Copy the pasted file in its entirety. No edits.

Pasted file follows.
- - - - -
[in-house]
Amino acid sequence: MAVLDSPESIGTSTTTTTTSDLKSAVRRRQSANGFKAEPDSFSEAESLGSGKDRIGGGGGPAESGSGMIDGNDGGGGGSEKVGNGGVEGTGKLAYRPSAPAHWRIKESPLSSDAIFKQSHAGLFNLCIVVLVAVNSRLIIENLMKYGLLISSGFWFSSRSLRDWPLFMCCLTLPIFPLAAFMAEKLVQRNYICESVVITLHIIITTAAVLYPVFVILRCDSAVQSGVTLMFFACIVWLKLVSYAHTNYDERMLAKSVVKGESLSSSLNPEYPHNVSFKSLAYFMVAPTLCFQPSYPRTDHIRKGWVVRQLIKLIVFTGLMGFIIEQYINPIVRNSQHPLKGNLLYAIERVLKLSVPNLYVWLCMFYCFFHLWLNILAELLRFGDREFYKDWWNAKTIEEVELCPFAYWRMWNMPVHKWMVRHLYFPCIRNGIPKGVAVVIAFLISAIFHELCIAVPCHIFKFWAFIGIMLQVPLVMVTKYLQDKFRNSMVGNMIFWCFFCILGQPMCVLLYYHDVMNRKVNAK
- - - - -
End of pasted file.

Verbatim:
[in-house]
Amino acid sequence: MAVLDSPESIGTSTTTTTTSDLKSAVRRRQSANGFKAEPDSFSEAESLGSGKDRIGGGGGPAESGSGMIDGNDGGGGGSEKVGNGGVEGTGKLAYRPSAPAHWRIKESPLSSDAIFKQSHAGLFNLCIVVLVAVNSRLIIENLMKYGLLISSGFWFSSRSLRDWPLFMCCLTLPIFPLAAFMAEKLVQRNYICESVVITLHIIITTAAVLYPVFVILRCDSAVQSGVTLMFFACIVWLKLVSYAHTNYDERMLAKSVVKGESLSSSLNPEYPHNVSFKSLAYFMVAPTLCFQPSYPRTDHIRKGWVVRQLIKLIVFTGLMGFIIEQYINPIVRNSQHPLKGNLLYAIERVLKLSVPNLYVWLCMFYCFFHLWLNILAELLRFGDREFYKDWWNAKTIEEVELCPFAYWRMWNMPVHKWMVRHLYFPCIRNGIPKGVAVVIAFLISAIFHELCIAVPCHIFKFWAFIGIMLQVPLVMVTKYLQDKFRNSMVGNMIFWCFFCILGQPMCVLLYYHDVMNRKVNAK